Bazelon, Chief Judge, and Tamm and Leventhal, Circuit Judges.
UNITED STATES COURT OF APPEALS FOR THE DISTRICT OF COLUMBIA CIRCUIT
DECISION OF THE COURT DELIVERED BY THE HONORABLE JUDGE TAMM
Petitioner, in a direct appeal under 8 U.S.C. § 1105a, (Appendix) seeks review of a deportation order issued against him by the respondent Immigration and Naturalization Service. The deportation order is based upon charges, first, that petitioner is a Greek citizen who as an alien crewman after an entry into the United States in 1957, overstayed in violation of 8 U.S.C. § 1251(a) (2) (Appendix), and, second, that petitioner failed to furnish notification of his address in violation of 8 U.S.C. § 1251(a) (5) (Appendix).
The petitioner alleges a number of administrative and procedural errors with respect to his arrest, detention and deportation hearings and seeks to set aside the deportation order on the ground that these errors so permeate the entire proceedings against him as to render the administrative process null and void from its inception to its conclusion. Included in these charges against respondent's conduct are challenges to the legality of petitioner's arrest, improper use of a confession allegedly extracted from petitioner during a period of illegal detention, lack of evidence (in the absence of an inadmissible confession) to support a finding of deportability, an unfair hearing on the issue of alienage, and other administrative and regulatory transgressions of pertinent regulations and statutes.
Substantial support for petitioner's claims appears in the record before us insofar as respondent's charges of alienage and overstaying are concerned. Were the case to be determined on these aspects of the deportation order alone, we might have to reverse the order and remand the case for new proceedings to be conducted with due regard both for petitioner's rights and the governing regulations, statutes and case law.
Unfortunately for petitioner, however, our review does not halt at this point. The record discloses that subsequent to the occurrence of all of the irregular conduct summarized heretofore, and while on bond, petitioner was in due course afforded a deportation hearing at which he was represented by counsel of his own selection. Apart from the charge of having overstayed his admission as an alien seaman, he was also charged with having failed to submit address reports as required by law. During the course of this hearing, petitioner, in answer to questions, admitted that he had not filed address reports because of his fear that the immigration authorities would apprehend him. It thus appears that distinct and apart from the much earlier arrest, detention, interrogation and hearing proceedings, the petitioner, free on bond and counseled by his retained attorney, voluntarily and freely admitted his alienage and his violation of a specific provision of the Immigration Act. *fn1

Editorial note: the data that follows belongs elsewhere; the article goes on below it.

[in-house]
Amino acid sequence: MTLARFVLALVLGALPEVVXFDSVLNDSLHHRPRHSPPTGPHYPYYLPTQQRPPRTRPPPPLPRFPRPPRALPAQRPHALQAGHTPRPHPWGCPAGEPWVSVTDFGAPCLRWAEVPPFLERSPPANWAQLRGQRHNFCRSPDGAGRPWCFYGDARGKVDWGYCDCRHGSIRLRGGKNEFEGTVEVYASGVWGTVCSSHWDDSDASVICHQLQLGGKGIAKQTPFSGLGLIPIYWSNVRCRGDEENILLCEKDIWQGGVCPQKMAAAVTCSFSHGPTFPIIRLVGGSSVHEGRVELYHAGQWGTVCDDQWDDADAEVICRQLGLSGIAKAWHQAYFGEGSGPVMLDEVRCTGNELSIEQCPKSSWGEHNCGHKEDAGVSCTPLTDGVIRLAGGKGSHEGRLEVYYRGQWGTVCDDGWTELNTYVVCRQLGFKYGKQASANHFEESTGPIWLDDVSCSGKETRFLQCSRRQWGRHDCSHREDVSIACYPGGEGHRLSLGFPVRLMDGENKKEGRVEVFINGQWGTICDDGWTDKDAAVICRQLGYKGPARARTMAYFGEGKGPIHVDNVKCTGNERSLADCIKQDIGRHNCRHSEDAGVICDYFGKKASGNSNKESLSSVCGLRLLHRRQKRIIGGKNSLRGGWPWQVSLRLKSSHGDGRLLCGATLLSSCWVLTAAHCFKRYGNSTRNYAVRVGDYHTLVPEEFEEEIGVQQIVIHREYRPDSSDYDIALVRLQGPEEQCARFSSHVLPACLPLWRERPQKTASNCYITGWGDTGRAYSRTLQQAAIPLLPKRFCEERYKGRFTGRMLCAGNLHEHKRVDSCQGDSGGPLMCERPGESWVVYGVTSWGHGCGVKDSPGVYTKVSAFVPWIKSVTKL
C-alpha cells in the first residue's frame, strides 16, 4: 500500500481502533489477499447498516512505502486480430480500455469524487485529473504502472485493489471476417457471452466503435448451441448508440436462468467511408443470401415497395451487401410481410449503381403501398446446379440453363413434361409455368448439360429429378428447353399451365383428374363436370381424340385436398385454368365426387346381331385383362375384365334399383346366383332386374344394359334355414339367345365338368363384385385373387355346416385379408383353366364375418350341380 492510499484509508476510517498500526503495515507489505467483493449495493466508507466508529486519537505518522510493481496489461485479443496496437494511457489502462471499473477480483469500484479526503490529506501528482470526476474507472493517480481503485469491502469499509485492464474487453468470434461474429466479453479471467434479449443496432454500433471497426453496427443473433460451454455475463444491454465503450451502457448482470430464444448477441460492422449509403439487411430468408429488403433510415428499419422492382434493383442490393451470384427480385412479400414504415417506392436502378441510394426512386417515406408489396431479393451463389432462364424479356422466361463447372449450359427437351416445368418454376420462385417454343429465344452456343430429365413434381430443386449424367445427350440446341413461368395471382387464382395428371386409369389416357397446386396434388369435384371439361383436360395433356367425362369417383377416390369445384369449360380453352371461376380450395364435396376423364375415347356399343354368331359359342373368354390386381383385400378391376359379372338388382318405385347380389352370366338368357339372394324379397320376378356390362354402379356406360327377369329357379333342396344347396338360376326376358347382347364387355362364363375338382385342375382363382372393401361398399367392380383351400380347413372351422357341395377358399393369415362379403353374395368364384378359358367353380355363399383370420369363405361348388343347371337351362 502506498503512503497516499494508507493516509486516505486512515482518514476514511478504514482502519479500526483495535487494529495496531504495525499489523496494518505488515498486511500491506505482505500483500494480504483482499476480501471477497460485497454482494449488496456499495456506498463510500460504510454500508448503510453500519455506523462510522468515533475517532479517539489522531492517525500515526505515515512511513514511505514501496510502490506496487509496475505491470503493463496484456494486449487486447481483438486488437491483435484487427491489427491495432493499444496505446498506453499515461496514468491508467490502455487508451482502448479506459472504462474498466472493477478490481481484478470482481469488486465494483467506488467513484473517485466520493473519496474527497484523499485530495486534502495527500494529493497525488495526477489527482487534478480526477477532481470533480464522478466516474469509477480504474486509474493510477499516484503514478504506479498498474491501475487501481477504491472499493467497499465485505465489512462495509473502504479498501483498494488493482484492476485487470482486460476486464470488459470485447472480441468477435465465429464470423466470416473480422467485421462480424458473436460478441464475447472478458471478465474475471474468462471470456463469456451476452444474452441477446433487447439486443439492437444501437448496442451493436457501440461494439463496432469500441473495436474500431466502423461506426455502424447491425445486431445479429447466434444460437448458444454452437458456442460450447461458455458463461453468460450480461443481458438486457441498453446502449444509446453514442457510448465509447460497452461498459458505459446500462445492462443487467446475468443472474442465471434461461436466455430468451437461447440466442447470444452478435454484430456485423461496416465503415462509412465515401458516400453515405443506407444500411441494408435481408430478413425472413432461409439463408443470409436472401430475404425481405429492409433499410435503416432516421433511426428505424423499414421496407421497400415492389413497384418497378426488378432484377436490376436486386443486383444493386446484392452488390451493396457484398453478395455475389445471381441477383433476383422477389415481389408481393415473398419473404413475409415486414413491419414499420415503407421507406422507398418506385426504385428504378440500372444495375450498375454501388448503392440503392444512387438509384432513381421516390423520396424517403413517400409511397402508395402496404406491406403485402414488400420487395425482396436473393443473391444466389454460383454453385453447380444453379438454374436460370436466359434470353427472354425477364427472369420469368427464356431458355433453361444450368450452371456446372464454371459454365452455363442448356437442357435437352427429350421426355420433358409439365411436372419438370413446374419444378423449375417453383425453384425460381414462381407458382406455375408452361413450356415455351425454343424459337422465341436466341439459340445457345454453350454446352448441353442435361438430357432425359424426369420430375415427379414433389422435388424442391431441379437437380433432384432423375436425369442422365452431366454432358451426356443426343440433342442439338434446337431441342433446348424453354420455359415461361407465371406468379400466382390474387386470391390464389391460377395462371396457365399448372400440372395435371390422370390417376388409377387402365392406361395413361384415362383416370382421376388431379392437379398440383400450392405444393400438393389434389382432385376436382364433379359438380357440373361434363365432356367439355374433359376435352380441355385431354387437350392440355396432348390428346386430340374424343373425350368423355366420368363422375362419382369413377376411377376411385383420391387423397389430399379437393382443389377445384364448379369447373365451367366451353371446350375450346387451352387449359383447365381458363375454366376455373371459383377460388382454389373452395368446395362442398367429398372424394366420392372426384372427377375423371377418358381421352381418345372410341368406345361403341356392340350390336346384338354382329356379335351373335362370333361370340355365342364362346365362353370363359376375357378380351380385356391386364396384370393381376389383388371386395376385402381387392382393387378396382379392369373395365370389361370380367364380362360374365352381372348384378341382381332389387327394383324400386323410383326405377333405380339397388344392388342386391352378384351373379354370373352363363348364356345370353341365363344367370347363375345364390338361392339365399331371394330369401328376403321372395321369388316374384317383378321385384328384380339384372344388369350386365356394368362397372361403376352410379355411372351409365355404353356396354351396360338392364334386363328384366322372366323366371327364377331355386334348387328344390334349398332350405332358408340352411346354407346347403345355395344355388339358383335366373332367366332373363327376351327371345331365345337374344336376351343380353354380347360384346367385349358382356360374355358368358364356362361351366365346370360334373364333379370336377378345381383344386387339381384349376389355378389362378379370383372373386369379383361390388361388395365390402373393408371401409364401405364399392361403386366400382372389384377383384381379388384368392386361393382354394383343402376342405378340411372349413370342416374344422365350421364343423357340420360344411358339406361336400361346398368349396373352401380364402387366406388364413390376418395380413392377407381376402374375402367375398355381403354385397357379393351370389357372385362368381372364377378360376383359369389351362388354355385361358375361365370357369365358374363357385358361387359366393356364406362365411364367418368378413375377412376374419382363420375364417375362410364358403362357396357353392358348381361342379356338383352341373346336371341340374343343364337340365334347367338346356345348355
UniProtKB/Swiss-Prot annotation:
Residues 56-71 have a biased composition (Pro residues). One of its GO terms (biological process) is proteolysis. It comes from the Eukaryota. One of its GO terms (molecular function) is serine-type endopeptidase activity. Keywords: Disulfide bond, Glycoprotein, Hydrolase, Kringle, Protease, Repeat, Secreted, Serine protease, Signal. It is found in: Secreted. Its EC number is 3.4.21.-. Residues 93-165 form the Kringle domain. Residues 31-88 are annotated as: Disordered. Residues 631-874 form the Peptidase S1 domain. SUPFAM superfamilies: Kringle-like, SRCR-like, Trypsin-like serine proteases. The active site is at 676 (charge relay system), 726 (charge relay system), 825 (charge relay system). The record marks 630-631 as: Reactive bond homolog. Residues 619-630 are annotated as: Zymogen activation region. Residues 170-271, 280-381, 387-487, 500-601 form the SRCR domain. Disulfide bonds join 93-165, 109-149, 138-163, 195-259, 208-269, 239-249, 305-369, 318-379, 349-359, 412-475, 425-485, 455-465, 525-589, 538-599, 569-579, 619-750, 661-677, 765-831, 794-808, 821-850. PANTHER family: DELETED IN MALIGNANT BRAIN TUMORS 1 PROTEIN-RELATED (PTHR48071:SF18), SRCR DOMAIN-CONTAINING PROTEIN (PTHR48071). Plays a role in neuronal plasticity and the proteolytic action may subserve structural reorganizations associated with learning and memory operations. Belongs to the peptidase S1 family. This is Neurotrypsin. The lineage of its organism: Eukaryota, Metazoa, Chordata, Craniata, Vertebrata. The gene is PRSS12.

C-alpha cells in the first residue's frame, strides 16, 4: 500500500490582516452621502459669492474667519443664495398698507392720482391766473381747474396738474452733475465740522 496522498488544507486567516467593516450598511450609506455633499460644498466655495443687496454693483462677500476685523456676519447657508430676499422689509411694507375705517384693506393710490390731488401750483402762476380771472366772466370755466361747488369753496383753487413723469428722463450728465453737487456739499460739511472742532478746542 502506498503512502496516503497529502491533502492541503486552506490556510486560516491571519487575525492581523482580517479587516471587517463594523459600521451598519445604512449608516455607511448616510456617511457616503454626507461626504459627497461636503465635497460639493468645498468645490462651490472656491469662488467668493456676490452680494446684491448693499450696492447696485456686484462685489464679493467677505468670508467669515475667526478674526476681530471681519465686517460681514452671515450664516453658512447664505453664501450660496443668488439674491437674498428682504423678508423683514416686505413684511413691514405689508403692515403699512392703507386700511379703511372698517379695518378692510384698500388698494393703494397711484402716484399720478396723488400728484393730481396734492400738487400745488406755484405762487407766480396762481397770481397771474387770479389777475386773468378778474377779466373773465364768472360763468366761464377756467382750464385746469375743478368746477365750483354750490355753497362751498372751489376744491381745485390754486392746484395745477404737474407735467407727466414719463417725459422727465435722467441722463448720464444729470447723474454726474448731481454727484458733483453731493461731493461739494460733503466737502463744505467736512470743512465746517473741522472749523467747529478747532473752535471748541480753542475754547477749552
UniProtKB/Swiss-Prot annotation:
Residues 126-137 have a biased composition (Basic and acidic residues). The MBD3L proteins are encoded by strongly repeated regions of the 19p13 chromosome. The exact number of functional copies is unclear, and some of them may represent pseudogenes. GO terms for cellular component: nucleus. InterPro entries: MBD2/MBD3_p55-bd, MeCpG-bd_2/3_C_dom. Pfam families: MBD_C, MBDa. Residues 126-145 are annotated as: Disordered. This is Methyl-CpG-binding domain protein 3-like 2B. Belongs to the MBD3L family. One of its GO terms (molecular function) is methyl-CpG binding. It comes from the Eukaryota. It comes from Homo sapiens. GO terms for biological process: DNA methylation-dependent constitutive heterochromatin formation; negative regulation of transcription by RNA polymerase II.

Subsequent to the filing of the briefs and oral argument, we permitted petitioner to file a supplemental memorandum supporting his claim that he is eligible for suspension of deportation in light of the Supreme Court's recent disposition of Soric v. Immigration and Naturalization Service, 382 U.S. 285, 86 S. Ct. 432, 15 L. Ed. 2d 330 (Dec. 13, 1965). We have reviewed the memorandum and the opposition thereto and are of the opinion that petitioner's request that the case be remanded to permit the filing of an application for suspension of deportation should be denied since he clearly does not qualify under the terms of the statute. 8 U.S.C. § 1254(a) (1) (2) (1964), as amended, 79 Stat. 918 (1965) (Appendix).
§ 1105a. Judicial review of orders of deportation and exclusion -- Exclusiveness of procedure
(a) The procedure prescribed by, and all the provisions of sections 1031-1042 of Title 5, shall apply to, and shall be the sole and exclusive procedure for, the judicial review of all final orders of deportation heretofore or hereafter made against aliens within the United States pursuant to administrative proceedings under ...